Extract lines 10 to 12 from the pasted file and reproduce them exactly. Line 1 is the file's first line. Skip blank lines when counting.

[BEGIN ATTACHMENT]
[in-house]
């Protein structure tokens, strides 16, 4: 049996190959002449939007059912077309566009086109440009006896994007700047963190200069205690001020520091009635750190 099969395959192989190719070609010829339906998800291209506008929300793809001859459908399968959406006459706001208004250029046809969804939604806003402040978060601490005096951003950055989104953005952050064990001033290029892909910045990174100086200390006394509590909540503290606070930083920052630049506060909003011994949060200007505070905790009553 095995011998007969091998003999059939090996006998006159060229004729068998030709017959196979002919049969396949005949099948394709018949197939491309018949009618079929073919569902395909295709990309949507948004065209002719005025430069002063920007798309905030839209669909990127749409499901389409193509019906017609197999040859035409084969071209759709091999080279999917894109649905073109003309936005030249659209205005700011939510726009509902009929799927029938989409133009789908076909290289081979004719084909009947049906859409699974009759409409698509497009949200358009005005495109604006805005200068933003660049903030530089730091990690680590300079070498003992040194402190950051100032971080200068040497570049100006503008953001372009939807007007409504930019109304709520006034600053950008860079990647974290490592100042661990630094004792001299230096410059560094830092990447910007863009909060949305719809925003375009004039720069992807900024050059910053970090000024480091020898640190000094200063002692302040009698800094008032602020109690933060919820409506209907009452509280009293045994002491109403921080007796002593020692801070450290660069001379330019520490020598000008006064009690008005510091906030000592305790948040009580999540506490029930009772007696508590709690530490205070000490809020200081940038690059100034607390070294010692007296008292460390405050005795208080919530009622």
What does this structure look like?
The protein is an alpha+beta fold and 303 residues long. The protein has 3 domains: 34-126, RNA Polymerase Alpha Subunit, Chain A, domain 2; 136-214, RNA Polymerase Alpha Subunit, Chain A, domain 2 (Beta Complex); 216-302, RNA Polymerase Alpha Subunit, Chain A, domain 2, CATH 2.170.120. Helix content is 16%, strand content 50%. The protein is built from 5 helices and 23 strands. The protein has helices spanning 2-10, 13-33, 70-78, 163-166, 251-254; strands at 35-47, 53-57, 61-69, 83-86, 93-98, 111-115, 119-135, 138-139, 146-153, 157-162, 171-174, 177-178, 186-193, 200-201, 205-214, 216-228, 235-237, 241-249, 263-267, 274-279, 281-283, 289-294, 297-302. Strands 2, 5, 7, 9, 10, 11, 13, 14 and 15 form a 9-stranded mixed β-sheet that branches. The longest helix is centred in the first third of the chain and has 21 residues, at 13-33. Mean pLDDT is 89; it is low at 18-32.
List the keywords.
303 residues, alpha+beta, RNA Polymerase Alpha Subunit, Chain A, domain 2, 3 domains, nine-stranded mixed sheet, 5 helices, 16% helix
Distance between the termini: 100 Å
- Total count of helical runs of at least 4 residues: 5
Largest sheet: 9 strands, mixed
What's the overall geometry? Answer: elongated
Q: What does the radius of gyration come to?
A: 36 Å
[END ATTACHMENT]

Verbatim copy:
What's the overall geometry? Answer: elongated
Q: What does the radius of gyration come to?
A: 36 Å